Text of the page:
National Weather Service United States Department of Commerce

Natural disasters are a traumatic experience for everyone, including children. They can cause intense fear, anxiety, and stress, and can leave a lasting impact on a child's mental health. In the aftermath of a disaster, children can experience a range of psychological reactions, such as anxiety, depression, anger, and behavioral problems. These reactions can interfere with a child's ability to cope with the traumatic experience and can affect their long-term mental health and development.

The psychological impact of natural disasters on children can be particularly severe because they may feel a sense of powerlessness and insecurity. Children are often dependent on their caregivers for protection and support, and when a disaster strikes, they may feel like their world has been turned upside down. They may also experience the loss of their home, school, friends, and other familiar surroundings, which can cause feelings of loss and grief. Additionally, children who have experienced a natural disaster may struggle with feelings of fear and anxiety long after the event, particularly if they have lost loved ones or have been separated from their families.

Education and raising awareness are ways to help reduce the lasting impacts of natural disasters on children’s mental health. Parents, teachers, and other caregivers can educate children about disaster preparedness, response, and recovery, as well as how to cope with the psychological effects of a disaster. This can help children feel more in control and more prepared for future events, which can reduce feelings of anxiety and fear.

Project Bear Hugs, a Weather-Ready Nation Ambassador, aims to help reduce the lasting effects of natural disasters on children by providing comfort and support in the aftermath of a disaster. Disaster relief kits, filled with comfort items, are designed to help provide children with a sense of security and comfort during a difficult time. These kits can include items such as stuffed animals, blankets, books, and games, which can help children to feel safe and secure.

In addition to providing physical comfort, Project Bear Hugs also focuses on promoting emotional well-being. Trained volunteers provide emotional support to children who have been affected by a disaster. Children are encouraged to express their feelings and to talk about their experiences, and Project Bear Hugs provides a safe and supportive environment for them to do so.

Project Bear Hugs partners with local organizations to provide disaster preparedness education to children and their families. This education can help to reduce feelings of fear and anxiety by empowering children with the knowledge and skills to prepare for and respond to future disasters. It is important to support children during this difficult time and to help them to rebuild their lives in the aftermath of a disaster.


(written by Hannah Hoobyar, Founder of Project Bear Hugs) 

Project Bear Hugs, started by Hannah in 2013, has helped bring comfort to children and families across the United States after they have suffered tragic loss from natural disasters. From collecting and delivering over 2800 stuffed animals directly to children affected by the tornadoes in Moore, OK in 2013 to delivering clothes and household items to families in smaller, often forgotten communities...Project Bear Hugs is committed to reducing the mental and physical impacts of natural disasters on our most vulnerable populations.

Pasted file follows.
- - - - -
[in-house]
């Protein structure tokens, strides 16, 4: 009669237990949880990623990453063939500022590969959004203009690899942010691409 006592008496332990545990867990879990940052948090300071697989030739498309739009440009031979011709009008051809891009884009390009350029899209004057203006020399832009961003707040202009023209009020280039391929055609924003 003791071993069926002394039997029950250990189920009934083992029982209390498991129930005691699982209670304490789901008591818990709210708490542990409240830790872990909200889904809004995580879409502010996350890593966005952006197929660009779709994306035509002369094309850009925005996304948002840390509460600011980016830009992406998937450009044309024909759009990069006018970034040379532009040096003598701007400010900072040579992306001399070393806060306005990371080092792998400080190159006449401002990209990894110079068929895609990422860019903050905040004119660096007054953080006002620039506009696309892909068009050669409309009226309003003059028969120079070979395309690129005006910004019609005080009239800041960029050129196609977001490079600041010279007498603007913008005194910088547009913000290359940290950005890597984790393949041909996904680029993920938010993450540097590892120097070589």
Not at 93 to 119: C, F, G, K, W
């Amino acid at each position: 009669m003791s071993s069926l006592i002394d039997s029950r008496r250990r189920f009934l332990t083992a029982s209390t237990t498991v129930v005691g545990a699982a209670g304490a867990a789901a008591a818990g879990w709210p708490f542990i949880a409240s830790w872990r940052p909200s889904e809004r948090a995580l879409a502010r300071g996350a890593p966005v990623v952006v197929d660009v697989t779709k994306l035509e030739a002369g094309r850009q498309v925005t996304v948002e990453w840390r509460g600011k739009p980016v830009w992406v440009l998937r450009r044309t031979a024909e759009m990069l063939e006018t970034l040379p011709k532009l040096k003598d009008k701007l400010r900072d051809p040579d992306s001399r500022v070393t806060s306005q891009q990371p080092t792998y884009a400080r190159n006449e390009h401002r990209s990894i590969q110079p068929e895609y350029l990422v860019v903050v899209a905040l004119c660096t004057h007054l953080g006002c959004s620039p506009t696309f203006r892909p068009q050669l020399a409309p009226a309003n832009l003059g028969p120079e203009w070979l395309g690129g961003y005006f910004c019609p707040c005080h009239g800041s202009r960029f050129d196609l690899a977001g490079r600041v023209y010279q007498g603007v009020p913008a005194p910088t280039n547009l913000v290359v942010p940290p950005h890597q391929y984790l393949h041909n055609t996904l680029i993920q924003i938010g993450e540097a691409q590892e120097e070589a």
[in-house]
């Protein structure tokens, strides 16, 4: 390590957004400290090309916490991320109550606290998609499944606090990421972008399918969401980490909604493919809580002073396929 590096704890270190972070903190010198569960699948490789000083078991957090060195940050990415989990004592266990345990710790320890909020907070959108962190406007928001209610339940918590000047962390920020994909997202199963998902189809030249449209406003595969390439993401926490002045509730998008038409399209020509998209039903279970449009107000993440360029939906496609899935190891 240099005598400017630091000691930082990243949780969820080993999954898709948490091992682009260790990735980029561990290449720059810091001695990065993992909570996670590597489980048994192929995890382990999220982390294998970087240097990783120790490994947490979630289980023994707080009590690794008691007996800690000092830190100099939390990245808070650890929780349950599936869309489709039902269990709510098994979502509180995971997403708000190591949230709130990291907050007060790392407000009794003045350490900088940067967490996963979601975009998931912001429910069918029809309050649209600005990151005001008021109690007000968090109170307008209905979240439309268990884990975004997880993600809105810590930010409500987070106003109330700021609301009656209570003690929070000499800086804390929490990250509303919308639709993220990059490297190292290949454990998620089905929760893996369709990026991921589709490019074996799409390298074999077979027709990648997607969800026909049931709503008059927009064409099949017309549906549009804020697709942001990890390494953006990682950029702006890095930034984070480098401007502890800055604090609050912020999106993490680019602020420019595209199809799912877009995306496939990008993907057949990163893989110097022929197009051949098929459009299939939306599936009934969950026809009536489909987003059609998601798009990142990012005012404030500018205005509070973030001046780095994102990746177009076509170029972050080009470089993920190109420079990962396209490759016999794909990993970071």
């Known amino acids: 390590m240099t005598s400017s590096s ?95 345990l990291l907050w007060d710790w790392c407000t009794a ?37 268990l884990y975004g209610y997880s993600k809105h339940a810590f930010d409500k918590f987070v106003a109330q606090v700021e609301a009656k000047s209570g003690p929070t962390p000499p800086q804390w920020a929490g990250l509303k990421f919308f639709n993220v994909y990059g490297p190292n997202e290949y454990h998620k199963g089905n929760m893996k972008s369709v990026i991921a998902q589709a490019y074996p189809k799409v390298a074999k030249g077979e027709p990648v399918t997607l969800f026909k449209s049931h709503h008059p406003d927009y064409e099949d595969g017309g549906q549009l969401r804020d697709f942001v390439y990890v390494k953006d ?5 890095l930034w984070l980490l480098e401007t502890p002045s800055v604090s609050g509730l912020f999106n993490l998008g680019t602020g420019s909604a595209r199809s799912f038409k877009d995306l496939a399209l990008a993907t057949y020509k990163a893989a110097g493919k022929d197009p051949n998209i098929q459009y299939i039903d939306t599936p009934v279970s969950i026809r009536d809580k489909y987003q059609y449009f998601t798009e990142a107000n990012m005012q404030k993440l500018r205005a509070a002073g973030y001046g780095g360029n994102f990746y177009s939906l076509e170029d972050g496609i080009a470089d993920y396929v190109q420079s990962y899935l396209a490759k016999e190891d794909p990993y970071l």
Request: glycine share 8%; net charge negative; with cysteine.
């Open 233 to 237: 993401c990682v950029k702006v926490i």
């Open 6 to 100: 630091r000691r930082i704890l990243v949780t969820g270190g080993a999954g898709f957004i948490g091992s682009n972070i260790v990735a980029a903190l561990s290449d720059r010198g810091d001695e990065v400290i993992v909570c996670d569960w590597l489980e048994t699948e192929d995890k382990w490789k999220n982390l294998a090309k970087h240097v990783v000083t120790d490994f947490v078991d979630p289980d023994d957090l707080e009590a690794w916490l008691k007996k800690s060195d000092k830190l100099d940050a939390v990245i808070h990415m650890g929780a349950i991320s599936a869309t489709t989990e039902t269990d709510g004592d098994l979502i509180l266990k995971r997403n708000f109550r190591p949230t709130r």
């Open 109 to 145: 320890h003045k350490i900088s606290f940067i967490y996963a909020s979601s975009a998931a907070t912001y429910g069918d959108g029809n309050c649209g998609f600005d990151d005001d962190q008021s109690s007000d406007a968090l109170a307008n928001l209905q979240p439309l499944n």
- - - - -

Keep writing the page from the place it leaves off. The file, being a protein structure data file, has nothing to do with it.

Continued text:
Since 2013 Project Bear Hugs has distributed much needed donations to survivors of disaster in California, Nevada, Colorado, Oklahoma, Texas, Louisiana, Oregon and Kentucky. We work with local, grassroots organizations to ensure all donations go directly to those most in need. Operational costs are minimal, all team members are volunteers, and the number of families touched now numbers in the thousands. We are able to fulfill our mission through strategic partnerships with corporations such as Peterbilt and Idealease, generous donations from the community and valuable relationships with other organizations such as the Louisiana Cajun Navy.

Why we do what we do:

Her name was Lily. It was our last day in Norman, OK in 2013 before we headed back home. We had just emptied out our Peterbilt Truck which was full of donations. We were standing in the parking lot of the hotel we were staying at when we ran into this woman who had lost everything in the tornados. She explained to us her family's experience.

Her daughter, Lily, was about 5 years old, and she was in the school when the EF5 tornado went through and destroyed her school, killed 8 schoolmates and one teachers. She was shaken to say the least. When we were there, it was about 5 weeks after it had happened. Her mom was telling us that Lily had not spoken a word, laughed, said "I love you" or anything since it had happened.

Lily was outside. I asked her if she would come with me, so I could give her a stuffed animal. We went, and she got to pick one out, which is the dragon in the picture. After a few minutes, she started to warm up. 10 minutes later she was laughing, running around, hugging on me, talking to her parents and was back to herself.